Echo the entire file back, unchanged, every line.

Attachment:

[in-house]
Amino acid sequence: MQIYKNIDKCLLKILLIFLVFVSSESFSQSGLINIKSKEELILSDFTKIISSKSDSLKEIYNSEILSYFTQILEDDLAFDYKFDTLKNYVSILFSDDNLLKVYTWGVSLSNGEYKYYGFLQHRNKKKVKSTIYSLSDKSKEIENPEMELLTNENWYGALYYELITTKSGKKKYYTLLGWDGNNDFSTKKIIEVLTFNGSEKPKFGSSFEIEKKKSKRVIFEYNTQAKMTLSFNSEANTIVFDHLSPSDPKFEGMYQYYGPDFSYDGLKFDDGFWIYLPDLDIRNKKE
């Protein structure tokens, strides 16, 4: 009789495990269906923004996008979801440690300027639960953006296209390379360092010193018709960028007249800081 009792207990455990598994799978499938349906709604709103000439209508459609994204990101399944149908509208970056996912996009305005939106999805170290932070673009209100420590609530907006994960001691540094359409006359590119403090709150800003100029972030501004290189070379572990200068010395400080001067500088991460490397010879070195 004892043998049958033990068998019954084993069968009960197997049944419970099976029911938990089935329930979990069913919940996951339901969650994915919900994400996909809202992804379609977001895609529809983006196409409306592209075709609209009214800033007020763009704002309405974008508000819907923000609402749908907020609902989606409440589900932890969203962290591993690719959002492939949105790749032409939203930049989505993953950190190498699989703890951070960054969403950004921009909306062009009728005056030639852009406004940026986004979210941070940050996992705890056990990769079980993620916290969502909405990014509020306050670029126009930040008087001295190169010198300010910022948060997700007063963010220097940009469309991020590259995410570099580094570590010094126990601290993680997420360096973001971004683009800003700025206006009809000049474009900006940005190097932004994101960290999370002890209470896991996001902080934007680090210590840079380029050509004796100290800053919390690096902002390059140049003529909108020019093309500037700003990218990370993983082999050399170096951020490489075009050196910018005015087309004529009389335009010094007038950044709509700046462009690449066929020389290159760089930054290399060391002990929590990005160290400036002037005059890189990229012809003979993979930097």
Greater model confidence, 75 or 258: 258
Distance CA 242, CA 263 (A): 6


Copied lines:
[in-house]
Amino acid sequence: MQIYKNIDKCLLKILLIFLVFVSSESFSQSGLINIKSKEELILSDFTKIISSKSDSLKEIYNSEILSYFTQILEDDLAFDYKFDTLKNYVSILFSDDNLLKVYTWGVSLSNGEYKYYGFLQHRNKKKVKSTIYSLSDKSKEIENPEMELLTNENWYGALYYELITTKSGKKKYYTLLGWDGNNDFSTKKIIEVLTFNGSEKPKFGSSFEIEKKKSKRVIFEYNTQAKMTLSFNSEANTIVFDHLSPSDPKFEGMYQYYGPDFSYDGLKFDDGFWIYLPDLDIRNKKE
């Protein structure tokens, strides 16, 4: 009789495990269906923004996008979801440690300027639960953006296209390379360092010193018709960028007249800081 009792207990455990598994799978499938349906709604709103000439209508459609994204990101399944149908509208970056996912996009305005939106999805170290932070673009209100420590609530907006994960001691540094359409006359590119403090709150800003100029972030501004290189070379572990200068010395400080001067500088991460490397010879070195 004892043998049958033990068998019954084993069968009960197997049944419970099976029911938990089935329930979990069913919940996951339901969650994915919900994400996909809202992804379609977001895609529809983006196409409306592209075709609209009214800033007020763009704002309405974008508000819907923000609402749908907020609902989606409440589900932890969203962290591993690719959002492939949105790749032409939203930049989505993953950190190498699989703890951070960054969403950004921009909306062009009728005056030639852009406004940026986004979210941070940050996992705890056990990769079980993620916290969502909405990014509020306050670029126009930040008087001295190169010198300010910022948060997700007063963010220097940009469309991020590259995410570099580094570590010094126990601290993680997420360096973001971004683009800003700025206006009809000049474009900006940005190097932004994101960290999370002890209470896991996001902080934007680090210590840079380029050509004796100290800053919390690096902002390059140049003529909108020019093309500037700003990218990370993983082999050399170096951020490489075009050196910018005015087309004529009389335009010094007038950044709509700046462009690449066929020389290159760089930054290399060391002990929590990005160290400036002037005059890189990229012809003979993979930097």
Greater model confidence, 75 or 258: 258
Distance CA 242, CA 263 (A): 6